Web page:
I'm wrapping up a REST layer to the service backend I've been developing for my still-unnamed-employer (find out when we launch, real soon now!). I had never developed a service under the "REST" acronym before, so my boss gave me a crash course, I read some things, I thought I got it. REST, a buzzword in its own right, is like stapling smoke to water when you try to define it. That isn't because its vague, its because most of the people who talk about it don't know what they're talking about.
Maybe I'm one of them and I shouldn't be posting this.
REST is Not:
- A protocol, format, or even much of a specification
- An idea(l)
- Agnostic on just about every specification associated with it
- Atomic. No request relies on any other made before or after it.
- Self Authenticating. Every request must include any credentials. See point 1.
- Self Describing. This is most commonly XML, and sometimes people think it must be, but it can be anything. We use JSON.
In particular, you are not always transfering a state. There is a distinct difference between state transfer and a request to perform some operation upon a state. Unfortunately, any ways around some of the problems posed are directly rejected by the rules of REST.
For example, say you want to provide as a service a simple counter. You expose PUT on /counter/foobar to register a new counter, and then GET on /counter/foobar will provide the current level of the counter. Following the rules of REST, how do you provide an interface to safely increment such a counter? We can not perform a GET and a PUT, because it violates that each request be self contained, and it will break when any other client of the service is incrementing at the same time. We need a single operation to alter the state, without performing a state transfer.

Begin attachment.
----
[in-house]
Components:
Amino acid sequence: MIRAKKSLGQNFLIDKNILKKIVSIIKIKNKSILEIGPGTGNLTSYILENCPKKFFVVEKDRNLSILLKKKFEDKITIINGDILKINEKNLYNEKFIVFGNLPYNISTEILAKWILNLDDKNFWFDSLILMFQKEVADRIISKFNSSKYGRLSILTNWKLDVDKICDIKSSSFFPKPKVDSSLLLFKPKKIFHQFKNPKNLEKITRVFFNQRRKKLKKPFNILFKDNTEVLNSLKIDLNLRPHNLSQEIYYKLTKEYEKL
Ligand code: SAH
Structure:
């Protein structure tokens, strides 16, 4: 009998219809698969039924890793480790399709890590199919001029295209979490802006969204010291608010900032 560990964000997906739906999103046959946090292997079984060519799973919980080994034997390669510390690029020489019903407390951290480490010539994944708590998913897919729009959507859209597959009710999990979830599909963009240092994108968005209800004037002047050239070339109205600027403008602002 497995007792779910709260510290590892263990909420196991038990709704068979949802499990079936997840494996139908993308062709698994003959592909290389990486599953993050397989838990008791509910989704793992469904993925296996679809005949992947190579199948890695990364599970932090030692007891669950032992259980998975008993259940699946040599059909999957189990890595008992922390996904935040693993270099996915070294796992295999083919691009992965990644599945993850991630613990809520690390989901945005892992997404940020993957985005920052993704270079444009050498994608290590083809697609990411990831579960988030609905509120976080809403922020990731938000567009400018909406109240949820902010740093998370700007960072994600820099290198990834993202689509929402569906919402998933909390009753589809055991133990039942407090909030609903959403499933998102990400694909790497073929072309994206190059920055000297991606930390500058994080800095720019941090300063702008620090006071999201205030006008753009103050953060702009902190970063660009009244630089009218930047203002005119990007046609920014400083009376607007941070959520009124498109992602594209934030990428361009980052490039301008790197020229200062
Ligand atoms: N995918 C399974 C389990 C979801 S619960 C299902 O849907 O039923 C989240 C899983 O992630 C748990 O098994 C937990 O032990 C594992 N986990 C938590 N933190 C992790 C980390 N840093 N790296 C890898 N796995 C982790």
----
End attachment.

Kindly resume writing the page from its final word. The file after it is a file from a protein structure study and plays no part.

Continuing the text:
The best thing you can do is use POST on a resource, and transfer a request to increment. It seems to violate the tenents of REST that the resource you POST will not actually reside at some permenant location, as they are throw-away requests. You either have to live with a not-exactly-REST interface (but, isn't that it works the important thing?) or actually keep requests around for some time. Maybe put them at some location, where they can be checked for review of their status.
I don't know if this is helpful to anyone else writing REST services, but the information around isn't always accurate, so why should I worry if I am?